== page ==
One prominent defect there is in Sir Walter's novels; and it is one which time, we fear, will never mend. It is his insensiVOL. IV.NO. 8.


bility to the nice shades and changeable hues of female character. In this branch of his art, he is inferior to Richardson and Fielding. If his females interest us, it is seldom by traits that are simply and peculiarly feminine,—but rather from historical association, from the dangers to which they are exposed, from the fortitude which they display under calamity, from the virtues in short which they exhibit, and which we must admire, independently of sex! Our fancy may be touched, our admiration kindled, but our hearts are seldom strongly moved ! He presents them to us in state, in their gala dresses, we see little beyond exterior,, we enter not with them in their boudoirs, communę not with them in their hours of secrecy, read not their hidden thoughts, their trembling hopes, their anxious fears, witness not the torments, or the delicious agitations of love, look not, in short, on that tempestuous ocean of passionate and tumultuous feeling, the unveiled female heart. Man has been the study of our author-man in all his phases, of every station and condition from the beggar to the king, and in each creation of his pencil, there is an individuality, a distinct personality, that distinguishes it from every one beside. We think that in spite of his assumed importance, we should detect Gilbert Glossin, by his thievish air; and that we could distinguish Dugald Dalgetty in a croud, as readily as Jack Falstaff. We shall not assert that his characters of men are as true to nature as Shakspeare's, but we do maintain, that they are as true to themselves, as thoroughly consistent. Davus never speaks, what belongs to Pythias or Silenus.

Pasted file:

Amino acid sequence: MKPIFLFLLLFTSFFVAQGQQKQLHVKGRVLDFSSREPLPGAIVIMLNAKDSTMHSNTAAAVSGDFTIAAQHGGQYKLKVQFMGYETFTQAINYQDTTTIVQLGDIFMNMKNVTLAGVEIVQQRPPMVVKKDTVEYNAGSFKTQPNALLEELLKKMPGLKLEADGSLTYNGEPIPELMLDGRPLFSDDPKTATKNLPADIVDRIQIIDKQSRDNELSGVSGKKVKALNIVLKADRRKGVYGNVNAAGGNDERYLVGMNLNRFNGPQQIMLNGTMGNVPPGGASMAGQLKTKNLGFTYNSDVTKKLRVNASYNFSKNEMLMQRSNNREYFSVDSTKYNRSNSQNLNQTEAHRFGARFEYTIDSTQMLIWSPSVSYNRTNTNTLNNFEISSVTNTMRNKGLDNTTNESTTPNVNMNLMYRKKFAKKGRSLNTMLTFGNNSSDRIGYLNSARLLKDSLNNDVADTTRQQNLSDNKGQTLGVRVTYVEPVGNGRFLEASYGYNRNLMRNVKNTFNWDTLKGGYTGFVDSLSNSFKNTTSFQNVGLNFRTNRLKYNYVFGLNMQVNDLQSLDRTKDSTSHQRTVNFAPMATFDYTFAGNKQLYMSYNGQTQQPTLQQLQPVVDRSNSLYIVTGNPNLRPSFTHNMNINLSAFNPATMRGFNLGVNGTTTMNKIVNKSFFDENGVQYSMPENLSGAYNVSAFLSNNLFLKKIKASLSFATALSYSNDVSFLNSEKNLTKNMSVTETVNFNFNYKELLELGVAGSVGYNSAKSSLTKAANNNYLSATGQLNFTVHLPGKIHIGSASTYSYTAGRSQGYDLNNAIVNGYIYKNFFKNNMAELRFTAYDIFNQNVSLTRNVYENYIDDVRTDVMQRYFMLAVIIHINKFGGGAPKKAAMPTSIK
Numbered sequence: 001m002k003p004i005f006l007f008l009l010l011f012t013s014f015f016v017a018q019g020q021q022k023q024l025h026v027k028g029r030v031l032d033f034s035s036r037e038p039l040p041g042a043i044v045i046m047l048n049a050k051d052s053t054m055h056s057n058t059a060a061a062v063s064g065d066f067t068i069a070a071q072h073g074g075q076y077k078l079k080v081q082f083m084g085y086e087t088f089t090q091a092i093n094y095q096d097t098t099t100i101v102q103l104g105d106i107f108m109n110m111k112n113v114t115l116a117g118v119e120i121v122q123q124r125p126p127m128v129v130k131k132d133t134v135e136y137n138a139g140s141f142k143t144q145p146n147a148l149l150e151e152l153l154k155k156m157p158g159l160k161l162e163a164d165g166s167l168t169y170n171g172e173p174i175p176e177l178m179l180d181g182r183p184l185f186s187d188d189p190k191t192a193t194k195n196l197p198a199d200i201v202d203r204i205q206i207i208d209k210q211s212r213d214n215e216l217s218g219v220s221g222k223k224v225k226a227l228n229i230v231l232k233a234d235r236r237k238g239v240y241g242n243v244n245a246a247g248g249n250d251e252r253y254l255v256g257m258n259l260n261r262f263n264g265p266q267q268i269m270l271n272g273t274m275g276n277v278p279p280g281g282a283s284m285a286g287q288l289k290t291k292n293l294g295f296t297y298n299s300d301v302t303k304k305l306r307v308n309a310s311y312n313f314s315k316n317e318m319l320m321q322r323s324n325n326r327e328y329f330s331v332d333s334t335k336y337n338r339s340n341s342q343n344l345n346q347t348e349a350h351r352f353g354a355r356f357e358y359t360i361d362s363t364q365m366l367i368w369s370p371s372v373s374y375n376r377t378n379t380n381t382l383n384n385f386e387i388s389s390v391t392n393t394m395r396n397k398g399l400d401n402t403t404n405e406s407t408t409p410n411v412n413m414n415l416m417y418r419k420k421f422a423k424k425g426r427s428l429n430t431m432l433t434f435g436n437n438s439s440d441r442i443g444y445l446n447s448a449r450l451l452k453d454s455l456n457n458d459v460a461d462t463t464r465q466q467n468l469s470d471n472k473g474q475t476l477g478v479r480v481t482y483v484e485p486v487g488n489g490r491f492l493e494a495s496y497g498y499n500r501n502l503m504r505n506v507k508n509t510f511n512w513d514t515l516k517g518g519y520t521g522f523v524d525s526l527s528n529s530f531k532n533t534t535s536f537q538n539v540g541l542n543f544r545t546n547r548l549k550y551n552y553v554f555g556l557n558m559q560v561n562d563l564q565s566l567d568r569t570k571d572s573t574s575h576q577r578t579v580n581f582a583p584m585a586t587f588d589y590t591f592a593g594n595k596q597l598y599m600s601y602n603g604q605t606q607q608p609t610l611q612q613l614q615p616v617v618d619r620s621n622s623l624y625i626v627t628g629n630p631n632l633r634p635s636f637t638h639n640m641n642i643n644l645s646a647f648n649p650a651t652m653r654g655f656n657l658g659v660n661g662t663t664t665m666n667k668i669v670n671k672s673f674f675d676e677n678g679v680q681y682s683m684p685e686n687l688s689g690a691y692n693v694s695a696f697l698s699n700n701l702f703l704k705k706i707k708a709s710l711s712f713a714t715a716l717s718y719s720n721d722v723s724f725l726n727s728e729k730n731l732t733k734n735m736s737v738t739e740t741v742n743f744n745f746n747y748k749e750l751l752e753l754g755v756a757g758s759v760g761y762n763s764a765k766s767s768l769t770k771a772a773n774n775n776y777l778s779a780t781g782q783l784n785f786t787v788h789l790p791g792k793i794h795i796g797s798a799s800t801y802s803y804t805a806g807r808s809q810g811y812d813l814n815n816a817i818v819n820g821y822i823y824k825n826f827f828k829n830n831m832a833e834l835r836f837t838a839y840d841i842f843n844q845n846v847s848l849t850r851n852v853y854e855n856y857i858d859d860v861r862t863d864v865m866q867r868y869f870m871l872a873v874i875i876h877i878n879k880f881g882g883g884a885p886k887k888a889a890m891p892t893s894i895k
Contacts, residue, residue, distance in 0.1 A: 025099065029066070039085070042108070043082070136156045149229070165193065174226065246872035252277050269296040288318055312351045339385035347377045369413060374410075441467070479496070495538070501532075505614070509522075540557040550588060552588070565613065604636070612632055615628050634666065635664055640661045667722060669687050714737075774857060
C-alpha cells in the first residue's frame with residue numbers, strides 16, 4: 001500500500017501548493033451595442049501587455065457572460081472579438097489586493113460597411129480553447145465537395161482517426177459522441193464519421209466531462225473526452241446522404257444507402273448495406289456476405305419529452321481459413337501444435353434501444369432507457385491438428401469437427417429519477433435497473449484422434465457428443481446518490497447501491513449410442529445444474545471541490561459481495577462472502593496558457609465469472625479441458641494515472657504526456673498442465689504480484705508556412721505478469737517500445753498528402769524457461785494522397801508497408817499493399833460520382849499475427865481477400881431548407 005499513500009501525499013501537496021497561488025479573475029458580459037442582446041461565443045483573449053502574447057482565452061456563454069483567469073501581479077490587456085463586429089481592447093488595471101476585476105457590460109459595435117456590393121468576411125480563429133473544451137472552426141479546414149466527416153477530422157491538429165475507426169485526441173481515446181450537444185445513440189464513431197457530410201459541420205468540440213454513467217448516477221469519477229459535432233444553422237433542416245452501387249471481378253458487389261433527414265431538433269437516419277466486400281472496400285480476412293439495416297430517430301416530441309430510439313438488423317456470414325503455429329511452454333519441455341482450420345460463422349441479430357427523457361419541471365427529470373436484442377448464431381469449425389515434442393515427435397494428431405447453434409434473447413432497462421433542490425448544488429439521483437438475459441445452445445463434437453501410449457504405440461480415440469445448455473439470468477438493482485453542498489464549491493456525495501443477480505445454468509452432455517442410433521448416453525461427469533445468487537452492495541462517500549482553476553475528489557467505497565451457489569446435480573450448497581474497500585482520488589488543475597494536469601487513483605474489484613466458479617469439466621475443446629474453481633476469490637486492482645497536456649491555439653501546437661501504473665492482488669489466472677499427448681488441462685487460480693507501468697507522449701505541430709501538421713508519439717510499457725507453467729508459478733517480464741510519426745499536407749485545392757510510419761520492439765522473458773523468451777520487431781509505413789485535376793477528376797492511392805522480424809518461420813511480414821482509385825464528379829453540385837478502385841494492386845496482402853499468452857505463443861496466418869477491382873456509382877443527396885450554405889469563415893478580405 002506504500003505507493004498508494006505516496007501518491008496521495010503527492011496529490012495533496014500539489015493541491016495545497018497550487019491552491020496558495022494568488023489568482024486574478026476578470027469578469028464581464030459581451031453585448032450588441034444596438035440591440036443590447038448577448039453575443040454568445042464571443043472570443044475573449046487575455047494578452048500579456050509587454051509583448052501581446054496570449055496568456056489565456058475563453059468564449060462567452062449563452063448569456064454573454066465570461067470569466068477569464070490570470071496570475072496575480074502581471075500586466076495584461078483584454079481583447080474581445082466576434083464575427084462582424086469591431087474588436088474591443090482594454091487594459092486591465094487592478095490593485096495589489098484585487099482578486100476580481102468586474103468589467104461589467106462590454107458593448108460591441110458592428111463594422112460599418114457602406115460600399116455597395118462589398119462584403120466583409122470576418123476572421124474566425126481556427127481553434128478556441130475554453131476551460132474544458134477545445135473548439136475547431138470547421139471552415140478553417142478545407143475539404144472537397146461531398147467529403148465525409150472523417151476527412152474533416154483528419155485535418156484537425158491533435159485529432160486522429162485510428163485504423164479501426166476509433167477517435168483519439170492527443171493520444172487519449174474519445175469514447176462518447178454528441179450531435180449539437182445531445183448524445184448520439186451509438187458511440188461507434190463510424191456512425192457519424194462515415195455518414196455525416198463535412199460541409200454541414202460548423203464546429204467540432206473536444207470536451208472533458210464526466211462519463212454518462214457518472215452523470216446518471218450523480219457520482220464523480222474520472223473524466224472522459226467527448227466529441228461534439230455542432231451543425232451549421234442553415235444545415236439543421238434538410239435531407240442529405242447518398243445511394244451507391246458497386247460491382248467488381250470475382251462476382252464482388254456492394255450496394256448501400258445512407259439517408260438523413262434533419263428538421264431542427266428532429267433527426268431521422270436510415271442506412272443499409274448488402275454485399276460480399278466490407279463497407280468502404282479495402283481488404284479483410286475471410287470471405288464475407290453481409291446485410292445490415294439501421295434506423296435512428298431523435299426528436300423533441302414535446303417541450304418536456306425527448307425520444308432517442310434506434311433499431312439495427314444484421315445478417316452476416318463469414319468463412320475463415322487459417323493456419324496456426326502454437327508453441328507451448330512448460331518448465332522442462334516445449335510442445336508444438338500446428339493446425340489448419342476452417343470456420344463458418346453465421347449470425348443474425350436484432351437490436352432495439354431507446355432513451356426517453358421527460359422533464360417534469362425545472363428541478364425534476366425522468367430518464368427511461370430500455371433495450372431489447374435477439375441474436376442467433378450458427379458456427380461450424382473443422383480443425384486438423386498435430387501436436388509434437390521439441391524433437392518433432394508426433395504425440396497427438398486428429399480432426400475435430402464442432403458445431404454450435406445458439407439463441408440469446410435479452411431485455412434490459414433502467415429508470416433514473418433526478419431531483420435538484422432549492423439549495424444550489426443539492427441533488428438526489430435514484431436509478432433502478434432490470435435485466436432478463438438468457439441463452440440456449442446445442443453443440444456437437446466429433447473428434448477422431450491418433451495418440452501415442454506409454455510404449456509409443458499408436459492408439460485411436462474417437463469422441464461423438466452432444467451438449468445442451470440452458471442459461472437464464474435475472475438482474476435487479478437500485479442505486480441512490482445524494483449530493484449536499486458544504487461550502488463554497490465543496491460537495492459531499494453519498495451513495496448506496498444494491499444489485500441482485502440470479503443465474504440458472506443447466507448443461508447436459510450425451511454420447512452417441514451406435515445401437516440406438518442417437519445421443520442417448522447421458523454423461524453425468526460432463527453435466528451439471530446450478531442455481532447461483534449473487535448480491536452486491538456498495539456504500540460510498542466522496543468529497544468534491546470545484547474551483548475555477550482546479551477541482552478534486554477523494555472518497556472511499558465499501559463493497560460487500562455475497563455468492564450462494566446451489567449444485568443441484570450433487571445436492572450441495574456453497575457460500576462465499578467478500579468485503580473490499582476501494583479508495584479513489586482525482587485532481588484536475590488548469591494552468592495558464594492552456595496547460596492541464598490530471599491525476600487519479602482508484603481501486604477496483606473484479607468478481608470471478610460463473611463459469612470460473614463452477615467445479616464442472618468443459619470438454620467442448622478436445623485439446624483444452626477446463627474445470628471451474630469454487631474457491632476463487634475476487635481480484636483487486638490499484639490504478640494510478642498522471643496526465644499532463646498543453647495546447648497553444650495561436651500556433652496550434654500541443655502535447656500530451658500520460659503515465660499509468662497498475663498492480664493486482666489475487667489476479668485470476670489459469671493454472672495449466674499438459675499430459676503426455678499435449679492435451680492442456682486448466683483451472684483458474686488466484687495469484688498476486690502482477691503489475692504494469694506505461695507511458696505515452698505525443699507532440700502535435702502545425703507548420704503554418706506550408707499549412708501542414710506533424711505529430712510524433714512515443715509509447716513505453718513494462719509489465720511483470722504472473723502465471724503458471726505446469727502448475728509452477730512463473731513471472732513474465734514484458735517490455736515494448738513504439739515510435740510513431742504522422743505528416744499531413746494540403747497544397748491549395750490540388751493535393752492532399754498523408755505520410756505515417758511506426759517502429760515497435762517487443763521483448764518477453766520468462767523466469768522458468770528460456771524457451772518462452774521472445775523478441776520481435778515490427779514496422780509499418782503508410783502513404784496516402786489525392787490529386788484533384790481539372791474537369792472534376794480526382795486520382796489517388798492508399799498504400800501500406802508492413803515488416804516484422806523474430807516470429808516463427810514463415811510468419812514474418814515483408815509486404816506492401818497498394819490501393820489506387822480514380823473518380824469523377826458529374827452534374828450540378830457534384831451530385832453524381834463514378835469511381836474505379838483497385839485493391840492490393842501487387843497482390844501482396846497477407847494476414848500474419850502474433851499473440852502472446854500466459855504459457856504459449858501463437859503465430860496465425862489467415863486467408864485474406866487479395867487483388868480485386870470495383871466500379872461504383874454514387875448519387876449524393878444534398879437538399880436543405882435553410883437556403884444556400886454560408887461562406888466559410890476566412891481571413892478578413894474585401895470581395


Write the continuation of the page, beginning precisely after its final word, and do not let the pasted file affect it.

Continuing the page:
In his talent for dramatizing, he is far beyond every living author his dialogue is fraught with energy, variety and power. He enters (as by metempsychosis) into a thousand bodies, and infuses his own spirit into each, but his license does not extend to the softer sex. Whatever is bold, stern and masculine in the characters of women, he can seize and pourtray, the softer traits elude him ; he might paint Margaret, indeed, as forcibly as Shakspeare, he might body forth the dark ambitious aspirations of Lady Macbeth, but could he paint the gentle-lovelorn Juliet ? Hence it is, that these Waverly Novels, have higher attraction for the student, the statesman, the man of the world, than for those who are the chief patrons and consumers of this species of literature-we mean the ladies. The Novels of Scott, are in truth, historical romances, mere vehicles for illustrating the manners, superstitions, and antiquities of various lands and periods: and not, what the name originally purported—tales of love! For such tales, if we must speak the sober truth-we fear Sir Walter is not peculiarly fitted—we